The blank page syndrome. Most writers will tell you it’s the scariest thing about their job. That moment the ideas don’t flow, grammar gets tangled before it leaves your head, and your screen (or notepad) is glowing a terrifying white.

It’s all the more scary when you’re being paid by the hour. And there’s a Big Scary Business (BSB) waiting for that perfect strapline.

So, what do you do?

Lots of writers like to fight fire with fire: confront said dilemma with a pen, and write through. (When the deadline’s stomping nearer, it’s sometimes the only way.) But I’ve always believed in fighting fire with distance.

Usually that means taking a walk and clearing my head. Sloshing through my local Epping Forest. Wandering up the River Lea. Or shouldering through the crowds on the Tube for a little city escapism.

But that’s all very local, isn’t it? And I know it. And that makes it comfortable. And comfort isn’t the energy I need to beat the blank page monster, oh no. Sometimes, we need adventure.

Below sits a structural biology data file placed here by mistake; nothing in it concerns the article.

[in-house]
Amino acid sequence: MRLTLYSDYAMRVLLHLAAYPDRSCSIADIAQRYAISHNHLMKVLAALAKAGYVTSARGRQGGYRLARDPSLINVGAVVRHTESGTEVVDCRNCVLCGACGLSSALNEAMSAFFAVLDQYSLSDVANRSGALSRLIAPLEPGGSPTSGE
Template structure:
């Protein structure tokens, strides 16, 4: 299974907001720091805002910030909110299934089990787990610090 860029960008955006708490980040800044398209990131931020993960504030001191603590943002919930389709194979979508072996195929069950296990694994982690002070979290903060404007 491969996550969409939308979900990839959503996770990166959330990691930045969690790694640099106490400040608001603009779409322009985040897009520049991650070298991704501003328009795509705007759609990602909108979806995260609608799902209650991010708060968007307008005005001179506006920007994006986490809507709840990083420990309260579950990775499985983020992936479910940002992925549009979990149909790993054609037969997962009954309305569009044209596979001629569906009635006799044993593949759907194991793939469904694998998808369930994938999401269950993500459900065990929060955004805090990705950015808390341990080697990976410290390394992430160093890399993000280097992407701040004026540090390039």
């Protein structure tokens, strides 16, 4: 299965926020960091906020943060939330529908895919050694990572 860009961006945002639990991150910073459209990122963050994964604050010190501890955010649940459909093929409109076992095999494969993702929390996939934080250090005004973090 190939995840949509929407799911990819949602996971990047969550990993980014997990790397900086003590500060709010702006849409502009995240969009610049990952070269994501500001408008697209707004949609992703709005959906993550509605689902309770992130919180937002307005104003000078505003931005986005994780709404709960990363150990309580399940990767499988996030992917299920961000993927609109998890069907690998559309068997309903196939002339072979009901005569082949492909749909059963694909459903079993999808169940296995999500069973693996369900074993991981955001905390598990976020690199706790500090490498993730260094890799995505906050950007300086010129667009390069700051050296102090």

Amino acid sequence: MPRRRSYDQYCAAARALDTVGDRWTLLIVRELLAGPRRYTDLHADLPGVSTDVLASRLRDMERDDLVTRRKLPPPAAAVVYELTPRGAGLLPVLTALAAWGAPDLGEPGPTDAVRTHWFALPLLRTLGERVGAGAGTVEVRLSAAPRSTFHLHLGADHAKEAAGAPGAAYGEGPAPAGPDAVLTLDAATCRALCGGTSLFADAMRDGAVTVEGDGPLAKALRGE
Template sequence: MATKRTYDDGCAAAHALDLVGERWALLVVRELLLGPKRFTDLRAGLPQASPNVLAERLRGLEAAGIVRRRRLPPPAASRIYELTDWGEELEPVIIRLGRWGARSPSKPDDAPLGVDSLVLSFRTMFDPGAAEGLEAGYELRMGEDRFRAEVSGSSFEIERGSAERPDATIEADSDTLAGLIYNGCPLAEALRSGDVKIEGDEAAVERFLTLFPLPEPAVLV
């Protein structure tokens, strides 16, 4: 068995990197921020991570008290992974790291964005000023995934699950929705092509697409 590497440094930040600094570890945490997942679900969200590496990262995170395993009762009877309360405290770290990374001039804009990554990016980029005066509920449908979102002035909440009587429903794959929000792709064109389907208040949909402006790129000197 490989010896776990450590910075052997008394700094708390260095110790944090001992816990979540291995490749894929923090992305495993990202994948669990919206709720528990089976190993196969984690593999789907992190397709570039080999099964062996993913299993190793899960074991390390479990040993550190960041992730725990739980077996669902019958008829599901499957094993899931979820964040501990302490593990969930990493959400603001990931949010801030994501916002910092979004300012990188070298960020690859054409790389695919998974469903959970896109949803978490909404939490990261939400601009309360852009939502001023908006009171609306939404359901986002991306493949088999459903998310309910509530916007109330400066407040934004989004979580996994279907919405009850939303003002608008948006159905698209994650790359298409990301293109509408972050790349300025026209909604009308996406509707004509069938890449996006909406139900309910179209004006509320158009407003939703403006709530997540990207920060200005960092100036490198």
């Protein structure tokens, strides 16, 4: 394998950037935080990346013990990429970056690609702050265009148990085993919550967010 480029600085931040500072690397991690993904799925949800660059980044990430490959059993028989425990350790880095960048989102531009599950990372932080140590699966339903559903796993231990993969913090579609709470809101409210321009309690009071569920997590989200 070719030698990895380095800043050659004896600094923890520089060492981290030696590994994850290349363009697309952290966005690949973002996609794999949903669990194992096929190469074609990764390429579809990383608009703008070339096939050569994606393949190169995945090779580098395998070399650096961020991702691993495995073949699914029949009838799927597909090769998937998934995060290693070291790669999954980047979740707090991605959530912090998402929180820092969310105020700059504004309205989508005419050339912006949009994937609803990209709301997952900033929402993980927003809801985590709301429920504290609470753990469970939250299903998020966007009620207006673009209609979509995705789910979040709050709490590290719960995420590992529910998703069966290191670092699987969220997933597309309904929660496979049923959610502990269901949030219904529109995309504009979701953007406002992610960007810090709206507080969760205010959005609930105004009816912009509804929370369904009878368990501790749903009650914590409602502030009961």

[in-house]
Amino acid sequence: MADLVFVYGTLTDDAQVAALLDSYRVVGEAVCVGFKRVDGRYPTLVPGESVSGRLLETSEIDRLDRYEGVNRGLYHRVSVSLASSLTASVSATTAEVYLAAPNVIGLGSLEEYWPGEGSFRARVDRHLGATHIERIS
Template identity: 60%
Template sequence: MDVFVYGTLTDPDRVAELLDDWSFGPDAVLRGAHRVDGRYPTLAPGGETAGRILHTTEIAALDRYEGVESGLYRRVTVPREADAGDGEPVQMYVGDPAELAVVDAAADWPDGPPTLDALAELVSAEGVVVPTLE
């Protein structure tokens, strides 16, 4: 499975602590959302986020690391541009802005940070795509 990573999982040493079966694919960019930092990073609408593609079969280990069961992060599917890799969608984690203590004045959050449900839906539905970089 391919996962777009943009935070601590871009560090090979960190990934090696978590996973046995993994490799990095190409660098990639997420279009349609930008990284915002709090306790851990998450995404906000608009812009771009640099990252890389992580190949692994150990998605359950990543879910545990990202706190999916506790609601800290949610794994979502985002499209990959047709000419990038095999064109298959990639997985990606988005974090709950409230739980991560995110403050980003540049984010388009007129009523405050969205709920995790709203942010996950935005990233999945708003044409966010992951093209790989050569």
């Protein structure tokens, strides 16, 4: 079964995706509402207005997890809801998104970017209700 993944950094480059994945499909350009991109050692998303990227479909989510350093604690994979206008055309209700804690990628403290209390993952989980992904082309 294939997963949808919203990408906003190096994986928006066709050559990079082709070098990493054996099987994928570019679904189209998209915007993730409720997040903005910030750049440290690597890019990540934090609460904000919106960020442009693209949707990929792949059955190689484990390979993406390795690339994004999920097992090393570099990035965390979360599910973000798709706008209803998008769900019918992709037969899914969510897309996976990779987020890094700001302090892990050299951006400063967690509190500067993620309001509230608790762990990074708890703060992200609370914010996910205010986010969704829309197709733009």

So, for five days in February, I braved the floods of England and headed to pastures new. I was battered by gales on Solomon’s Temple, questioned by police after a local burning and assault in Buxton (lesson learnt: don’t tell a police person that the crime they’re trying to solve ‘sounds exciting’), I waded through streams near Bakewell, ate well in Bristol, crossed the suspension bridge, got smashed in the face by hail. All with my flatmate, designer Alex.

I thought about writing roughly zero times. I faced no blank pages, experienced no terrifying whiteness. I beat myself up and questioned my ability to write in no way, at no point. Instead, I waded and crossed and sloshed and met and chatted and tasted and learnt and wondered and questioned and felt inspired by it all.

And now I feel ready to write anything.